Change in “Self-as-Context” (“Perspective-Taking”) Occurs in Acceptance and Commitment Therapy for People With Chronic Pain and Is Associated With Improved Functioning

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APA Citation: 

Yu, L., Norton, S., & McCracken, L. (2017). Change in "self-as-context" ("perspective-taking") occurs in acceptance and commitment therapy for people with chronic pain and is associated with improved functioning. Journal of Pain, 18(6), 664-672. doi:10.1016/j.jpain.2017.01.005

Publication Topic: 
ACT: Empirical
Publication Type: 
Article
Language: 
English
Keyword(s): 
Chronic pain psychological flexibility self-as-context perspective-taking acceptance and commitment therapy
Abstract:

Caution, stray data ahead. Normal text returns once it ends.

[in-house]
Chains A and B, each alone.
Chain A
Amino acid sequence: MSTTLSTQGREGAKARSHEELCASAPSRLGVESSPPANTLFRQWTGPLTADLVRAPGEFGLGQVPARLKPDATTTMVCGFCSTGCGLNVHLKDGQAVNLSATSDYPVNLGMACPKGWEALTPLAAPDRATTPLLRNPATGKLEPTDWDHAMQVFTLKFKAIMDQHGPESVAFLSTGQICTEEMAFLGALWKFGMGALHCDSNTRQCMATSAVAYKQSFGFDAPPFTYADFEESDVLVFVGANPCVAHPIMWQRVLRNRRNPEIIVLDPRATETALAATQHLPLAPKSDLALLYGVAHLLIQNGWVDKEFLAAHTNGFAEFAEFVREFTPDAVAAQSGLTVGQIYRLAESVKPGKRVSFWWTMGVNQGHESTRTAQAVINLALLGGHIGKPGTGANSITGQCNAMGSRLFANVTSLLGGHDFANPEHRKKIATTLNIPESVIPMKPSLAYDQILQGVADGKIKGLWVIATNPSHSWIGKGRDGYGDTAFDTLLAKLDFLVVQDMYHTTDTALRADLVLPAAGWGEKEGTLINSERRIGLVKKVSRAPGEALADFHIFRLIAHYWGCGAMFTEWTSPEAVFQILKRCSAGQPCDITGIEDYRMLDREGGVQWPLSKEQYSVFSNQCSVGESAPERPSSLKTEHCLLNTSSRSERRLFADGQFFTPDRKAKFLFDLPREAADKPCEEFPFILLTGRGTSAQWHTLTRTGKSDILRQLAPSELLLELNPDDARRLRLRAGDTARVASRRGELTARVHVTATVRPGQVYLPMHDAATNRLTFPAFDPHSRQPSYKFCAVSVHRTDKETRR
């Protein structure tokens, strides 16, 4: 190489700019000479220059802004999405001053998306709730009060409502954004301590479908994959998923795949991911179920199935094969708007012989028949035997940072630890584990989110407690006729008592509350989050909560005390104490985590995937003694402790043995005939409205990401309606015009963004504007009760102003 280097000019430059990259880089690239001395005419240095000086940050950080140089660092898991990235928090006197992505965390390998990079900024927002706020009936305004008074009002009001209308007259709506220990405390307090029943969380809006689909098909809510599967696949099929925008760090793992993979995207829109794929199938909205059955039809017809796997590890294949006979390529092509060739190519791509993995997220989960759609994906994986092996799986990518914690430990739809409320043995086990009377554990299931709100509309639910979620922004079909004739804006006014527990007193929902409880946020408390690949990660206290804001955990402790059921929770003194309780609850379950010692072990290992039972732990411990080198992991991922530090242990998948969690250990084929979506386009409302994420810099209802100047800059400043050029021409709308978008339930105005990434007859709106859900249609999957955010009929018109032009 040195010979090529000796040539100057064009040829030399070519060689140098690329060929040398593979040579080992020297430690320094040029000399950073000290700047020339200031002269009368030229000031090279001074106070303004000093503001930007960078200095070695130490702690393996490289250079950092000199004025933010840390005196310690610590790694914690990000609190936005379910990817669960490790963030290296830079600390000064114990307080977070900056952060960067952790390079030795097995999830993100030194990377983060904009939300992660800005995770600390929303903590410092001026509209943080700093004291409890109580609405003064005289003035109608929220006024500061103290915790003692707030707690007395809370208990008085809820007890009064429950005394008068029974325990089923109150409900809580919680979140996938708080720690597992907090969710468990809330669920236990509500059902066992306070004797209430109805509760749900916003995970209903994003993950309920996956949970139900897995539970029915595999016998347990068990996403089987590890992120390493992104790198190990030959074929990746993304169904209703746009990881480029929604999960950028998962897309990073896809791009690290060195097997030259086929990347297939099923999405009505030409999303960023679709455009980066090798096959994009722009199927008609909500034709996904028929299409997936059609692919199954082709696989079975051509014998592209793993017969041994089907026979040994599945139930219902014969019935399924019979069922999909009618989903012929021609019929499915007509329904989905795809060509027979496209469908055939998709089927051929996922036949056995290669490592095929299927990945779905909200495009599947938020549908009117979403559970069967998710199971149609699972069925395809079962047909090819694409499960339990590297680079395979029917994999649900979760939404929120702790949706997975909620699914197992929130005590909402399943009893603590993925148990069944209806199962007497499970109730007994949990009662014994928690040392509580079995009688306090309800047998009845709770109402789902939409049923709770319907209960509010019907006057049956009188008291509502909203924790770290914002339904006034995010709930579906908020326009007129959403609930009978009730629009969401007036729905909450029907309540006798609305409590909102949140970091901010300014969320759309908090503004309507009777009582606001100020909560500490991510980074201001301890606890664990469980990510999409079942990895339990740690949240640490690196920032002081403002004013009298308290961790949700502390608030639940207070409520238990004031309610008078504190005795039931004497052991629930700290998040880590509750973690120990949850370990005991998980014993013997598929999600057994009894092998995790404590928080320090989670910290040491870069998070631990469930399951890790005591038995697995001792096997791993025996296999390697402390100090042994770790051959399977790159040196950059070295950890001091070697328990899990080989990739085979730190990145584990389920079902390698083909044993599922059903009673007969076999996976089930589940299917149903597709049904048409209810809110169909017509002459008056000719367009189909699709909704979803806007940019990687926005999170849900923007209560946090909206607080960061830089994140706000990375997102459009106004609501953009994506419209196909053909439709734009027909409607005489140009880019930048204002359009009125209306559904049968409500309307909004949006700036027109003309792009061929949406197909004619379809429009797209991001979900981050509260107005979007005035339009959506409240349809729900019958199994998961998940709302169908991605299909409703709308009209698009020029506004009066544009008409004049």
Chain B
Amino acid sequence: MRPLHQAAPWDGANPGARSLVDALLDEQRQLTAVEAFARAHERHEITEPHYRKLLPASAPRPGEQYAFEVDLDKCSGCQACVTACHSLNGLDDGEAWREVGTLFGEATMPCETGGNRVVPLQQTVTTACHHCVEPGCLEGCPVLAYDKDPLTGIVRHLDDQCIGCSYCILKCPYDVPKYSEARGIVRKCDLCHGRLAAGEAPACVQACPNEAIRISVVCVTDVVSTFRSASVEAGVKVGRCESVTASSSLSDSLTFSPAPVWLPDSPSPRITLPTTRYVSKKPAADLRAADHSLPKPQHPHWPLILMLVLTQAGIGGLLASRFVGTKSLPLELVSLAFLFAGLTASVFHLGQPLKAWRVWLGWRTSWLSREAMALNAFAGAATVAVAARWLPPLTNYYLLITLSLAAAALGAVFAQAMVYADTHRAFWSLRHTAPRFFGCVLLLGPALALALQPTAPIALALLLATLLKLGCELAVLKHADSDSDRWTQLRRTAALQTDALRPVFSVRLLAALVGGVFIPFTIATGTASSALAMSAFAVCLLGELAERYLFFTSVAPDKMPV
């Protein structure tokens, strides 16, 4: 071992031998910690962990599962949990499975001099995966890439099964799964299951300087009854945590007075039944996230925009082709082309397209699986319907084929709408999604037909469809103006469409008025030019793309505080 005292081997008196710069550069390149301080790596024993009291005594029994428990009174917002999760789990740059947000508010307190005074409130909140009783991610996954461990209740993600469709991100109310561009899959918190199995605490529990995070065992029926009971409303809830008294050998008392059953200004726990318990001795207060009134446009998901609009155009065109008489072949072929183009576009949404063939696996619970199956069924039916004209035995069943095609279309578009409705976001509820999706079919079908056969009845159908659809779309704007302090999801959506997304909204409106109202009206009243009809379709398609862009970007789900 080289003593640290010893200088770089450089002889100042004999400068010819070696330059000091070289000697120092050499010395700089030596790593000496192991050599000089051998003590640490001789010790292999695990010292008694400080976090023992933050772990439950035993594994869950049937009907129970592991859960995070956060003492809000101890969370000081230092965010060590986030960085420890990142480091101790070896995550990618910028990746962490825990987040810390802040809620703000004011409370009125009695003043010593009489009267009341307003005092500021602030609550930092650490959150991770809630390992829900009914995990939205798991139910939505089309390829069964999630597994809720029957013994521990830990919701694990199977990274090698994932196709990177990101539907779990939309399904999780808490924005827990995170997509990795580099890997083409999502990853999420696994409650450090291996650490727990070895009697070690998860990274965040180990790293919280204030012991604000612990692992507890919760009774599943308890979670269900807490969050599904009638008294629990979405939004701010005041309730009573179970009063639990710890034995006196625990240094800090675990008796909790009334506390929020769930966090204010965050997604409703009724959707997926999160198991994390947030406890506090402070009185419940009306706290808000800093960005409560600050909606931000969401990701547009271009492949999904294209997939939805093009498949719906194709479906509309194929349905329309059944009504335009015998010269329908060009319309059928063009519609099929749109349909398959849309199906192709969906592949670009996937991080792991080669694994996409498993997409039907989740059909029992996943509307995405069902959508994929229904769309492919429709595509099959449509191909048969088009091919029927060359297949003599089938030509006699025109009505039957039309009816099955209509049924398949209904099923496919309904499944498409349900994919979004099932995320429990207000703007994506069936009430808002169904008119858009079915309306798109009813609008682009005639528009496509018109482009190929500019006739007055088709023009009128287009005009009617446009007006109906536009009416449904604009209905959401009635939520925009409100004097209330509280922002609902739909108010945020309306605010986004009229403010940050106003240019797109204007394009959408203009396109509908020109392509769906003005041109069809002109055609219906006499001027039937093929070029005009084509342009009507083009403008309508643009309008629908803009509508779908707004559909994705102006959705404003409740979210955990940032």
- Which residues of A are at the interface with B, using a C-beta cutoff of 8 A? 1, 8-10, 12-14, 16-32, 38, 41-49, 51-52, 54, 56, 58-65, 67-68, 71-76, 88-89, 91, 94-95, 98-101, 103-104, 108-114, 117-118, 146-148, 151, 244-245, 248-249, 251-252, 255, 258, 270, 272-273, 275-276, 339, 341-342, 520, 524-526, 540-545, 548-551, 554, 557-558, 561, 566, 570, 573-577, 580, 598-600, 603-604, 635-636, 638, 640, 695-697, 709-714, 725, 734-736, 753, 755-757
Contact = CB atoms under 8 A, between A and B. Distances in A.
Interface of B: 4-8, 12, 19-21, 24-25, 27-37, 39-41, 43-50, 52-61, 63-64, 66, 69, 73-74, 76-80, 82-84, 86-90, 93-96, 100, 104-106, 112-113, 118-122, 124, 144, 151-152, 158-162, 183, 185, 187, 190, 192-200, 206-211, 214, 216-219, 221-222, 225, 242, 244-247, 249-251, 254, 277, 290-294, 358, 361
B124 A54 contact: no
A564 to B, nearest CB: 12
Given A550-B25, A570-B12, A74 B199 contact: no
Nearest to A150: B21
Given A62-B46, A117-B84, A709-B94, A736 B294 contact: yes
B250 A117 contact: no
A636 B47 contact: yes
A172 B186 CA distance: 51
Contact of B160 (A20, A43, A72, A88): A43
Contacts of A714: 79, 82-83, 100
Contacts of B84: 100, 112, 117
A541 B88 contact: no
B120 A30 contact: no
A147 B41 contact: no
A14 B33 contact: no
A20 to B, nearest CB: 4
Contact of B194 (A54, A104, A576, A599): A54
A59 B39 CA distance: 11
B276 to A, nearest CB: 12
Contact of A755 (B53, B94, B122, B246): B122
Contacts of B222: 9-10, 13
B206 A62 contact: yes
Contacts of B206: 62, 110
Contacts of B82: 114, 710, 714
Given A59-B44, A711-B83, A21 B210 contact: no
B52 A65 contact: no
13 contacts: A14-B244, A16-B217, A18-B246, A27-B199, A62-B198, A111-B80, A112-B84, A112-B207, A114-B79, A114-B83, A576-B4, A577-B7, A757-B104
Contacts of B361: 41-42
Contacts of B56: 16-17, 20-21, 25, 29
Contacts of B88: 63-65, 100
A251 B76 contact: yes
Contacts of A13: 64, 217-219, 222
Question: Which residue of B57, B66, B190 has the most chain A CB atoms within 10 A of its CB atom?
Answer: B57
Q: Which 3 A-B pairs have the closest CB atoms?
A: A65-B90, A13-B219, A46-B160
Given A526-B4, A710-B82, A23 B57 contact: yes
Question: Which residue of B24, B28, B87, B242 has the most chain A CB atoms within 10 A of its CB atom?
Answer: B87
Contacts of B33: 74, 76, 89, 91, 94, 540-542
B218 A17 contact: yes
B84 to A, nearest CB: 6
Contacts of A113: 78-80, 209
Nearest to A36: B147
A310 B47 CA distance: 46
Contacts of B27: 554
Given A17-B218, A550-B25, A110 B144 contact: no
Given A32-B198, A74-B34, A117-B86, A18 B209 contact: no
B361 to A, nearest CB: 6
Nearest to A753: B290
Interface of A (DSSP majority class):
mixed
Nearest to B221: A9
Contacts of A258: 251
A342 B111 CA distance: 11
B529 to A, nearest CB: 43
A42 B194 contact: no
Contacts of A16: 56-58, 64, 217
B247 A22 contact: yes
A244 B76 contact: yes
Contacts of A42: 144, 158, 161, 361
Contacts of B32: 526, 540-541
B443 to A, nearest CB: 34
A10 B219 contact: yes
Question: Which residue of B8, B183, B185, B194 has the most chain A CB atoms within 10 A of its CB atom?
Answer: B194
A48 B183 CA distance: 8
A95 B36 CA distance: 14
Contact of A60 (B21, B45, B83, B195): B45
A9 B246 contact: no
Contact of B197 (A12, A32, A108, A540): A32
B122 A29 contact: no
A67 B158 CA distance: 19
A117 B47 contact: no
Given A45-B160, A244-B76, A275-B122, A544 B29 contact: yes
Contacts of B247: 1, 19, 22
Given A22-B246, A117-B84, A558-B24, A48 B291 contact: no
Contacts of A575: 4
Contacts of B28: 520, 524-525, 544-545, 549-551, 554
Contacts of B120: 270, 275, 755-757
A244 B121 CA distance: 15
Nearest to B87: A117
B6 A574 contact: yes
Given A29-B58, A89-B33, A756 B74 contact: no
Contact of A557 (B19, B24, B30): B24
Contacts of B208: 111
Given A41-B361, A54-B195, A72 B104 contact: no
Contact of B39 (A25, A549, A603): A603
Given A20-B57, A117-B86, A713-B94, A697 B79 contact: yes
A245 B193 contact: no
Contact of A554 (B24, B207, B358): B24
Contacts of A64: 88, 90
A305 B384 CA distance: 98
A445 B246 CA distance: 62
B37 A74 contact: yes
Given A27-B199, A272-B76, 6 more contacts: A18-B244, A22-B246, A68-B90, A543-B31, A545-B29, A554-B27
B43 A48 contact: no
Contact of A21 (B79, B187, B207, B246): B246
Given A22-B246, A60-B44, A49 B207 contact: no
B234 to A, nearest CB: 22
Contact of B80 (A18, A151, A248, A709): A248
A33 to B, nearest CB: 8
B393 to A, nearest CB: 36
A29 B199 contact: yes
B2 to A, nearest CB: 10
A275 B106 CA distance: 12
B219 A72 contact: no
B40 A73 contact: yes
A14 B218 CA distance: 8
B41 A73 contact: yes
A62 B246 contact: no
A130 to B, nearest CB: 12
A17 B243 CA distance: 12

Acceptance and commitment therapy (ACT) is based on the psychological flexibility model, which includes a therapeutic process referred to as “self-as-context” (SAC). This study investigates whether ACT is associated with an effect on SAC and whether this effect is linked to treatment outcomes in people with chronic pain. Four hundred twelve adults referred to a pain management center participated in the study. Participants completed measures of treatment processes (SAC, pain acceptance) and outcomes (pain-related interference, work and social adjustment, depression) before treatment, upon completion of treatment, and at 9-month follow-up. Paired sample t-tests and analyses of meaningful change were conducted to examine changes in processes and outcomes. Regression analyses with residualized change scores from process and outcome variables, and bivariate growth curve modeling were used to examine the association between change in SAC and change in outcomes. Participants significantly improved on all process and outcome variables at post-treatment (d = .38–.98) and 9-month follow-up (d = .24–.75). Forty-two to 67.5% of participants showed meaningful improvements on each outcome at post-treatment and follow-up. Change in SAC was associated with change in outcomes (β = −.21 to −.31; r = −.16 to −.46). Results support a role for change in SAC in treatment as the psychological flexibility model suggested.